Be a Remote First Team

All of these suggestions are ways to help smooth communication with team members who are remote. The hardest shift for a company to make, however, is the mindset of the existing employees. The mindset needs to be that a team is a remote team regardless of whether parts of the team are co-located. That is, the team is a remote first team.

What does a Remote First Team look like?

This depends on the members of your team and how well each person handles working remotely. As pointed out by Rebecca Corliss in her article Why “Remote-First” is Actually a Dangerous Mindset, some folks thrive from working in person. As I’ve mentioned in Three Important Points of Communication, talking over voice or in person is often the most efficient way to communicate.

If your team has members who are co-located and work better face to face, I suggest that meetings be run in a hybrid manner. This means having TVs, phone systems, and cameras in conference rooms. When meetings are run, those who are co-located head to the conference room and dial into the meeting. These employees, however, need to make sure that they remember to give space for remote employees to speak. Interrupting several people talking face to face from over the phone is difficult. If your team can handle being fully remote for a meeting, this makes taking turns speaking much easier because everybody has speak up over the phone.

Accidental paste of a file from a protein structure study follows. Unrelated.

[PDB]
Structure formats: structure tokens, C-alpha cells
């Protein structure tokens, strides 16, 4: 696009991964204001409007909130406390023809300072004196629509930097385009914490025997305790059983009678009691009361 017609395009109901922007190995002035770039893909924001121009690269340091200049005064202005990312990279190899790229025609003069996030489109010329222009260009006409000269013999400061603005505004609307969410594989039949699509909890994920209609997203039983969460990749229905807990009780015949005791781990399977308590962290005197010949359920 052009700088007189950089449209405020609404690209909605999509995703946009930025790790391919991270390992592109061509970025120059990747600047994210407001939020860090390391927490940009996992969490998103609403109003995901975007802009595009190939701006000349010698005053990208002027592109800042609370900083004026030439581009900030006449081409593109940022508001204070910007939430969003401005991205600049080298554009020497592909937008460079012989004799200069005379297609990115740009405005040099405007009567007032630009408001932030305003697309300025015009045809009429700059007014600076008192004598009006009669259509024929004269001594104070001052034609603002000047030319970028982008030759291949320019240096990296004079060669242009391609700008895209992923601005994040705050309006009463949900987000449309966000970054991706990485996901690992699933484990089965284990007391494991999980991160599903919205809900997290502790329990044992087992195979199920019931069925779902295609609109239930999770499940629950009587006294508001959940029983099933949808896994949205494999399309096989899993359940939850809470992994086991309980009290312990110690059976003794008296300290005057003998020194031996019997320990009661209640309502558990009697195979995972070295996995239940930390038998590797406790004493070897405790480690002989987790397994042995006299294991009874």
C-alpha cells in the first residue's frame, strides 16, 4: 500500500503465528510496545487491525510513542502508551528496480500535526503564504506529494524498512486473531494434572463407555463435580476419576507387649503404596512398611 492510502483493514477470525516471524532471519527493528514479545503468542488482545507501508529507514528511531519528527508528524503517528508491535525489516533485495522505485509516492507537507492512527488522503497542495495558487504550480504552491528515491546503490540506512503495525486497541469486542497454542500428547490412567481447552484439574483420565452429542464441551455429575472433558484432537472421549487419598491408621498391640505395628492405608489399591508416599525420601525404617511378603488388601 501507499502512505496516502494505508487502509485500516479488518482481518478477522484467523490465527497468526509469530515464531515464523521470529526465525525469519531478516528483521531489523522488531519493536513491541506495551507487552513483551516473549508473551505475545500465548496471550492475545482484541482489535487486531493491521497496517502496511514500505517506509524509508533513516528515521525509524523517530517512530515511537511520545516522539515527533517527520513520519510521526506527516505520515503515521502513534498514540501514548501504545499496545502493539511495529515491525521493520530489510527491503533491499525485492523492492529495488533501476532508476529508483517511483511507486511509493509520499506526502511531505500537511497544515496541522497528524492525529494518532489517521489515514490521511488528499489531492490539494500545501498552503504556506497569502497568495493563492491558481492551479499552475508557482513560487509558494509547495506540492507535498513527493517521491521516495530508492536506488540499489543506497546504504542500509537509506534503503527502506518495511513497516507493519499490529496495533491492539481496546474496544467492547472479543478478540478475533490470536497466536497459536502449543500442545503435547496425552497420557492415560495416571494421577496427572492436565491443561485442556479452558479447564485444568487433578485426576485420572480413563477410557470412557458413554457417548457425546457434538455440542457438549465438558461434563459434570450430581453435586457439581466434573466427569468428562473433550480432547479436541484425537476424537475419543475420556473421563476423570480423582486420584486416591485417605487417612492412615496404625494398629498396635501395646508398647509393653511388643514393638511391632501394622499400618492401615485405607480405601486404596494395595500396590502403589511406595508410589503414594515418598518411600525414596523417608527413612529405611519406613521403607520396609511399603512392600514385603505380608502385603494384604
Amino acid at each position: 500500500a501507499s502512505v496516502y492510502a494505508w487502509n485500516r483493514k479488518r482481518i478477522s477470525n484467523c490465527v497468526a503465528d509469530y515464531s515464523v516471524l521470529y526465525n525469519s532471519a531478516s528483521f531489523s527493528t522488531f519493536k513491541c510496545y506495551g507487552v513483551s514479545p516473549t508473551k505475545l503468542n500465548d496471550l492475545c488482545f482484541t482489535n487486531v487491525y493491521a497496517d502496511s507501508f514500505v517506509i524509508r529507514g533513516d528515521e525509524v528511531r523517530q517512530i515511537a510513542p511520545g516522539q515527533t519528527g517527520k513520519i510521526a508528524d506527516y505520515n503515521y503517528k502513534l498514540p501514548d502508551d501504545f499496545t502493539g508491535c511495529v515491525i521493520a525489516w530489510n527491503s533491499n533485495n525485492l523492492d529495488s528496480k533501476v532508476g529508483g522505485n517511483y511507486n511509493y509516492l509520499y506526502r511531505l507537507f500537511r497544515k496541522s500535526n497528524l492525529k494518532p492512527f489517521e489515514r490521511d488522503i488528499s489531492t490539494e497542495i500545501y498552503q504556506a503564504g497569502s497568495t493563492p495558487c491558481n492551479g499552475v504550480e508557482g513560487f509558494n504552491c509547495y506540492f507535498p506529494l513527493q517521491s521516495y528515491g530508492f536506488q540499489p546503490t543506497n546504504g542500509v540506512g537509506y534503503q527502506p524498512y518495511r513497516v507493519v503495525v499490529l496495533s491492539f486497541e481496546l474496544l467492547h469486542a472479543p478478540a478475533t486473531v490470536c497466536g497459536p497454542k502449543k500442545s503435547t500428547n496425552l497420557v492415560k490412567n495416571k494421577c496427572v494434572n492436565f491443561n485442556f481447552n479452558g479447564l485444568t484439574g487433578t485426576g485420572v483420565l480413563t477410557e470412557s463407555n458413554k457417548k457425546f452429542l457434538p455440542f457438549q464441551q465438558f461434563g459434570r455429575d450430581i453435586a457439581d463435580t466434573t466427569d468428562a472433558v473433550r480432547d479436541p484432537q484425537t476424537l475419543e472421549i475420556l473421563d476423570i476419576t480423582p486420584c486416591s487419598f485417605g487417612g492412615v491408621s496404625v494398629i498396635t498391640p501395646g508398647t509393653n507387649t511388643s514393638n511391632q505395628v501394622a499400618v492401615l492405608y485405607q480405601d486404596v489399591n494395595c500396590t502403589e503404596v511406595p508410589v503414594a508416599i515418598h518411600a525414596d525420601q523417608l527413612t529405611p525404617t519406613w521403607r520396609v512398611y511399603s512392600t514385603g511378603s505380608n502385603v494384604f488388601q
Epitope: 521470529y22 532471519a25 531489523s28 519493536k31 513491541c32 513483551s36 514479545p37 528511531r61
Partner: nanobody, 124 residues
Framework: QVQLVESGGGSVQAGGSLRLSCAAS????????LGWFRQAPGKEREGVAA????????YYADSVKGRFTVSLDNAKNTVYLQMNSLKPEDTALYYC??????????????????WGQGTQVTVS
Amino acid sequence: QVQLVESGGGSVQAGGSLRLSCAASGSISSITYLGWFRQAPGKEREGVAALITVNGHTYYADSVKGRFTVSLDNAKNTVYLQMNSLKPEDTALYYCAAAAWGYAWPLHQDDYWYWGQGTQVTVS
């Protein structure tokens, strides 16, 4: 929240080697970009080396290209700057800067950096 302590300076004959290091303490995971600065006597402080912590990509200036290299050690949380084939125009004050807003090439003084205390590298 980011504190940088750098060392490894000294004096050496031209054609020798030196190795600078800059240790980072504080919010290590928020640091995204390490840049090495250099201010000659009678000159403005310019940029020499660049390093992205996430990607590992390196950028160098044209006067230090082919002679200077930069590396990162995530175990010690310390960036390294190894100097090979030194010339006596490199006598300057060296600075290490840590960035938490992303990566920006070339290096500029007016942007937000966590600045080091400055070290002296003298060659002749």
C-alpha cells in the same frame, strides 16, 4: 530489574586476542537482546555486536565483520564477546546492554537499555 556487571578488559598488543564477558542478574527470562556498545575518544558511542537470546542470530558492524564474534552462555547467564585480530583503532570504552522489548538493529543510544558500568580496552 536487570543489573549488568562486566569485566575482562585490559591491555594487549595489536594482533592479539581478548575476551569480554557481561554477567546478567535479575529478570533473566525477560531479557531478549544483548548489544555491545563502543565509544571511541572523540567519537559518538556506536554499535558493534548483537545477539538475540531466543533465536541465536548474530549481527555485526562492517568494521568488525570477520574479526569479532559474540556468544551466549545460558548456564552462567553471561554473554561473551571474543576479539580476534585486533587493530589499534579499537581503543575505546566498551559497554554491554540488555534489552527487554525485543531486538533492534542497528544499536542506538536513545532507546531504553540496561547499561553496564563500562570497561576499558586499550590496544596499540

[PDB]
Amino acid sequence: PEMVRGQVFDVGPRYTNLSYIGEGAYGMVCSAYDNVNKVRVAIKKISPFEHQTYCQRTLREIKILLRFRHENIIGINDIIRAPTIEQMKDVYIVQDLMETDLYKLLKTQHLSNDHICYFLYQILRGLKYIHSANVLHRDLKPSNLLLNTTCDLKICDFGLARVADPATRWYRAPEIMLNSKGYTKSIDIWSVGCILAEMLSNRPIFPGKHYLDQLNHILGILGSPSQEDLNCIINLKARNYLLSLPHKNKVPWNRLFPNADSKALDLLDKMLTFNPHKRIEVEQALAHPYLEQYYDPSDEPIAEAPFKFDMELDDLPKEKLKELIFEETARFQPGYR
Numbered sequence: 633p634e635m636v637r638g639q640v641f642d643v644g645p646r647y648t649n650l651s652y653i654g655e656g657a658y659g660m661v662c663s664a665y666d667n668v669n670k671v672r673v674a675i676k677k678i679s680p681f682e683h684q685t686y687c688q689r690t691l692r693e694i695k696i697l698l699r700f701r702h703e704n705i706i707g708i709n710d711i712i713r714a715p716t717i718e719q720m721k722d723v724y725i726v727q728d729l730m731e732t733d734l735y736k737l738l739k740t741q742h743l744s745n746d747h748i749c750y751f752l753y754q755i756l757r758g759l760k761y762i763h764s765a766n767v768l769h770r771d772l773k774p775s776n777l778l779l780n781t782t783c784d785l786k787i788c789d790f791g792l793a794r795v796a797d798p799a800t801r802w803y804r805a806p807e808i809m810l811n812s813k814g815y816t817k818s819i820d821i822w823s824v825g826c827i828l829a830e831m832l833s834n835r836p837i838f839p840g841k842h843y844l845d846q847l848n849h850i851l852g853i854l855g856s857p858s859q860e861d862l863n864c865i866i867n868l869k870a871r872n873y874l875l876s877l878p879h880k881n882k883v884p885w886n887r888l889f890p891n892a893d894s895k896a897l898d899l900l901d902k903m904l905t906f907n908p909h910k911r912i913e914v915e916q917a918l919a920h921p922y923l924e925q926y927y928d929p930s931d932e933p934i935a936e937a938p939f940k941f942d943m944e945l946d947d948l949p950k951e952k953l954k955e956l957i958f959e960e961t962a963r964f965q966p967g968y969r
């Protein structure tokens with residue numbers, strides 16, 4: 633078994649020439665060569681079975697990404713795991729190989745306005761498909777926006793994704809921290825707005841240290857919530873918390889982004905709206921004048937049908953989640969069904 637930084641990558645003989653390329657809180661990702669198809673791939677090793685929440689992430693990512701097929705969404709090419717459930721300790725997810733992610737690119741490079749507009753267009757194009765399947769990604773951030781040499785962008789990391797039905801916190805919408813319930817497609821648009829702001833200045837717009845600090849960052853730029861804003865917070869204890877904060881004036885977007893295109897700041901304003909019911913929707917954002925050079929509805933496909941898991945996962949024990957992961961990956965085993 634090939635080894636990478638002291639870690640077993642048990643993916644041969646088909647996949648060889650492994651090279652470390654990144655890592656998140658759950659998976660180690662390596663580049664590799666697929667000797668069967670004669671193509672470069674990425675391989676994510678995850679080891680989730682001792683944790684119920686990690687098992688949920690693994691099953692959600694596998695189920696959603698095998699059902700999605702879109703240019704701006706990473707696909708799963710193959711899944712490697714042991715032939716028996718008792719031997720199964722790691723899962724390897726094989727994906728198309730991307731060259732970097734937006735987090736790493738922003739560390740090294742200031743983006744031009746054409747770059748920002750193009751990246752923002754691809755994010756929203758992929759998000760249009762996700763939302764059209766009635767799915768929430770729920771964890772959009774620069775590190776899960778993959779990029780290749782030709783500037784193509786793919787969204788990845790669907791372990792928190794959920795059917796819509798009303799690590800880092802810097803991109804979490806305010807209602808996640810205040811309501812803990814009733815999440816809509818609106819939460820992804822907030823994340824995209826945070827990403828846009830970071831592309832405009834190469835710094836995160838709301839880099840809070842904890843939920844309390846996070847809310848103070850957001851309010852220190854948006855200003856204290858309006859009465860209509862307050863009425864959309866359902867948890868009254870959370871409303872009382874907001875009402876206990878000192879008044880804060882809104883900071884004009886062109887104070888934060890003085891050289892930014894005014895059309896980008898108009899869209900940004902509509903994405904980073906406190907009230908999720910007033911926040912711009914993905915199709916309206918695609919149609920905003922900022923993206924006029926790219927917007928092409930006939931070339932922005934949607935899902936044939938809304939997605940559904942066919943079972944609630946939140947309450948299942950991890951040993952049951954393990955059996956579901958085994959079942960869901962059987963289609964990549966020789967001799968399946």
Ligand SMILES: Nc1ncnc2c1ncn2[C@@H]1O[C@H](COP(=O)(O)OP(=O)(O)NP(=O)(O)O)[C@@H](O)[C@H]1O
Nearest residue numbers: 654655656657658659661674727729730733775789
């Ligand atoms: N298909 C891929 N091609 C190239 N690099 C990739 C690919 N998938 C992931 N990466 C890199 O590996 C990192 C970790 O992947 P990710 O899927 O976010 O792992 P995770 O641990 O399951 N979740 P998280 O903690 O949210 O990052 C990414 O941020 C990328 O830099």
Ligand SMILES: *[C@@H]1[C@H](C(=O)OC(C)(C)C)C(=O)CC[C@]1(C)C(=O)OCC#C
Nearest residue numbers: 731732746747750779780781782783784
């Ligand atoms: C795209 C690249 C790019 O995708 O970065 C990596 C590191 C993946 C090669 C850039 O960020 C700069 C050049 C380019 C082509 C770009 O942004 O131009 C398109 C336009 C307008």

Conclusion – Make Remote Work Worthwhile

Given the correct tools and mindset working remotely with a team can be a wonderful experience. The main thought I want to leave you with is this — if you can learn to be patient and communicate asynchronously you will get a large percentage of the way toward being and effective remote team. If it’s truly urgent pick up the phone and talk to your co-workers. And don’t forget to socialize with your co-workers because working with friends can be great fun.

If you’ve reached this point and are thinking “well, that’s nice but WHY should I bother if I don’t want to have my team work remotely?” thank you for reading this far. At the time that I’m writing this update it is September 2020 and we’re months into quarantine due to the novel coronavirus and remote working is a new reality for many. If you’re still thinking about going back to full time office work when possible please read my post on why you should build a remote team.